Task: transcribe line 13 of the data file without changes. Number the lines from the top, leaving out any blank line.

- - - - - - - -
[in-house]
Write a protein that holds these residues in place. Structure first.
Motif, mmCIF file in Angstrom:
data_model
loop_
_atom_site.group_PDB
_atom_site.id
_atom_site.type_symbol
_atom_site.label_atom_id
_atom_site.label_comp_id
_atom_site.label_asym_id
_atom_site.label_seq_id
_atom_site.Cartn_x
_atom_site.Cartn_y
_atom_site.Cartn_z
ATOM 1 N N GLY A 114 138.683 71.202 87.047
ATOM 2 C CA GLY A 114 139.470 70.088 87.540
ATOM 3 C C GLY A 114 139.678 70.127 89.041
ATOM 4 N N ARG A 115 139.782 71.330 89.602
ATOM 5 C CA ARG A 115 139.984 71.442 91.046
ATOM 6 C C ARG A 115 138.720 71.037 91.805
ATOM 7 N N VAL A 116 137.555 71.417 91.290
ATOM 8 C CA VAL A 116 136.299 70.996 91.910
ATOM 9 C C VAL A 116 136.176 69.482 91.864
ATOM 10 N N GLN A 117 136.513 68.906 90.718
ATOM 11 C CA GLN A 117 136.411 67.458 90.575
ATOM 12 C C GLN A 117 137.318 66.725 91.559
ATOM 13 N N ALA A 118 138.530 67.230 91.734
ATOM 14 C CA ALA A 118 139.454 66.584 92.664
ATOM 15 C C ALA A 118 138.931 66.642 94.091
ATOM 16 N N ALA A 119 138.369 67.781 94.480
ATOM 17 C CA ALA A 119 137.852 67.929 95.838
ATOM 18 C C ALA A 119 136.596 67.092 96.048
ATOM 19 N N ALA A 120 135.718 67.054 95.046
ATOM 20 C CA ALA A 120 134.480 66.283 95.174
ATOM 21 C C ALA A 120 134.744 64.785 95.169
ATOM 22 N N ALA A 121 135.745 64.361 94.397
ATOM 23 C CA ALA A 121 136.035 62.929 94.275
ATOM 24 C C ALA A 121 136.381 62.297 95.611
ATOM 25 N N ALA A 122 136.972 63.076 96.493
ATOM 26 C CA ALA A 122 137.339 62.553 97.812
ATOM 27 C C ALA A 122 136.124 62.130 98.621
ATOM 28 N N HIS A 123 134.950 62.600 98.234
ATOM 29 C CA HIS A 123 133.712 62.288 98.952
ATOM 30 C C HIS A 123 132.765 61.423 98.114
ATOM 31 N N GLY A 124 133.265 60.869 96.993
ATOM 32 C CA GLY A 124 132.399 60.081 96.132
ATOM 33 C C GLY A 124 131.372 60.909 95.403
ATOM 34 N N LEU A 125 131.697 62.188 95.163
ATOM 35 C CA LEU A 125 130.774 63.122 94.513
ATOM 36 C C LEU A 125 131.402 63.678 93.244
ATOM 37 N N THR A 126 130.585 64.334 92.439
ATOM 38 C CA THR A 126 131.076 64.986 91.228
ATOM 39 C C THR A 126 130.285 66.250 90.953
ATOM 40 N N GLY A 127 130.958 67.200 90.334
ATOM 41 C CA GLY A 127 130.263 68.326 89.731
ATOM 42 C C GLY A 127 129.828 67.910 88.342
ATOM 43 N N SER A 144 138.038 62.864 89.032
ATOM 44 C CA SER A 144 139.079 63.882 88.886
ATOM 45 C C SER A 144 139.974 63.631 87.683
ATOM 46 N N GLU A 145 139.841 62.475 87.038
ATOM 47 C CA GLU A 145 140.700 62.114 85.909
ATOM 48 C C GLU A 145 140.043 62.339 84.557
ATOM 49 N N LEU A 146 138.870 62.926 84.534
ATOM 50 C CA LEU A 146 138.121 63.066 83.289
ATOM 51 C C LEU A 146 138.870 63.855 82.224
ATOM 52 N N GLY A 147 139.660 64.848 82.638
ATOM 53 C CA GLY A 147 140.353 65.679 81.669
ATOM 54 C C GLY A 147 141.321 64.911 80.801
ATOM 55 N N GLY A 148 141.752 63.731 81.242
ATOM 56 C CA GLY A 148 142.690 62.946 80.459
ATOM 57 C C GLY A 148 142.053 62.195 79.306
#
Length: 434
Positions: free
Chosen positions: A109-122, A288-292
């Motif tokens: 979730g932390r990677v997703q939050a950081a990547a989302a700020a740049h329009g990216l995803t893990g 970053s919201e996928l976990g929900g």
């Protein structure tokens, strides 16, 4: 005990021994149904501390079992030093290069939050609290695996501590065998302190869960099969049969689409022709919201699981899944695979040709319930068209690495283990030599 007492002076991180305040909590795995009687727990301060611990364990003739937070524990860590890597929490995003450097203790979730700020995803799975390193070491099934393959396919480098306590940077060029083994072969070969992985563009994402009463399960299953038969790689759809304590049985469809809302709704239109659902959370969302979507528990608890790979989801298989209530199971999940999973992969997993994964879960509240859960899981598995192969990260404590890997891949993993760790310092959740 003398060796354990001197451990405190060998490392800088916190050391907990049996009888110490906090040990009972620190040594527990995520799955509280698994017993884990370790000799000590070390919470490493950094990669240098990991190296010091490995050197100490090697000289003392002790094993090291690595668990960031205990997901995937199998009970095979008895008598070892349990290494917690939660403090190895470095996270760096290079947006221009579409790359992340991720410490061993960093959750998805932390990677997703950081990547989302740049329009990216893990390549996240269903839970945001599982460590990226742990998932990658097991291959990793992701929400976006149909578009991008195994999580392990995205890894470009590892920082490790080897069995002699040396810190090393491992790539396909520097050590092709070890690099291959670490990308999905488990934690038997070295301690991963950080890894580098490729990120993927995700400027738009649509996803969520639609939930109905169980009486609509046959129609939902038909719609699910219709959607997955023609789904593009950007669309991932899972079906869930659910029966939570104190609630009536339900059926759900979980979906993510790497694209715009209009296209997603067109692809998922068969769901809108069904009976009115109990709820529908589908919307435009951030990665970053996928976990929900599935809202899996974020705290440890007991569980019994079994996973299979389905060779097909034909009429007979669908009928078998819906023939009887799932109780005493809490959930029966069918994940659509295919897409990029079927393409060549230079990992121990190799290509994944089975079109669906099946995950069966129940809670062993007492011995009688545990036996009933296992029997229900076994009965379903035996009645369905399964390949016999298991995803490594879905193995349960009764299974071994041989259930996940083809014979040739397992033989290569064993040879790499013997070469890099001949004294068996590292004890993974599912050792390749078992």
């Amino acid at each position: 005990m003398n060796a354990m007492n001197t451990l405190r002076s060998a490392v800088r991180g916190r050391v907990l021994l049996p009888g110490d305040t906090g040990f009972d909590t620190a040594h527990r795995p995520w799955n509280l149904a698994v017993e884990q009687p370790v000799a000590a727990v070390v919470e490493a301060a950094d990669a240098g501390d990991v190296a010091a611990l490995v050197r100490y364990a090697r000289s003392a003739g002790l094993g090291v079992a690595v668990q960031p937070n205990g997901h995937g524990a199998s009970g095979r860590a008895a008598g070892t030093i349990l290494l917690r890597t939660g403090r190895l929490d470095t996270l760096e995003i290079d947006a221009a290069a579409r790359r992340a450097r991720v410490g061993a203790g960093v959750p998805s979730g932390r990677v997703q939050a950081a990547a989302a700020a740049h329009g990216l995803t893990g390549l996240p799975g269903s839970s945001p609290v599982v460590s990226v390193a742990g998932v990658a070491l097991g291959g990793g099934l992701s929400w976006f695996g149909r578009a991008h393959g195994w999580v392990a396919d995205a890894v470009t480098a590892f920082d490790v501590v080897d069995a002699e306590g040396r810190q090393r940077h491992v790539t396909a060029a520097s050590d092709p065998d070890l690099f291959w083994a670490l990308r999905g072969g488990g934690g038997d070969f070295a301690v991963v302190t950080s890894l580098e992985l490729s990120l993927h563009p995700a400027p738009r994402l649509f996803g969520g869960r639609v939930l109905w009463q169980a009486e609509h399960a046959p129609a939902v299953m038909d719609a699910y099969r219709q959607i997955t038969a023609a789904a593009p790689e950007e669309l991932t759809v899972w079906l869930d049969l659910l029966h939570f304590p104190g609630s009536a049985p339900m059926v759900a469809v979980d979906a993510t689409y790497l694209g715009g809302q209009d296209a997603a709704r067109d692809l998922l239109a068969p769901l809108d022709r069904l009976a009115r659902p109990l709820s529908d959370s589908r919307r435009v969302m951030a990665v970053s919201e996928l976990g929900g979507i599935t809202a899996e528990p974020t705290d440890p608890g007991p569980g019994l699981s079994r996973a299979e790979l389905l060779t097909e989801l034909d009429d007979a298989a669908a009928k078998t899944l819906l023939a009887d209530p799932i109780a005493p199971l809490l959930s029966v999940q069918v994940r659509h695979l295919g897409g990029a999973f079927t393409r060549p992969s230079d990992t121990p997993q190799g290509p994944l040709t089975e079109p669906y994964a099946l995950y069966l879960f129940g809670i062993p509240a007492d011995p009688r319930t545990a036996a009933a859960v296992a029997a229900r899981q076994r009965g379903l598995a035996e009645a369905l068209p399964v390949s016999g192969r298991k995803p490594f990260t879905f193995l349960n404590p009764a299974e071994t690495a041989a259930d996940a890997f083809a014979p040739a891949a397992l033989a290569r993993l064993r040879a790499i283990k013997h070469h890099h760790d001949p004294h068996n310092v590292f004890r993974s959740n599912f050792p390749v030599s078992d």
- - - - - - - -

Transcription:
_atom_site.Cartn_x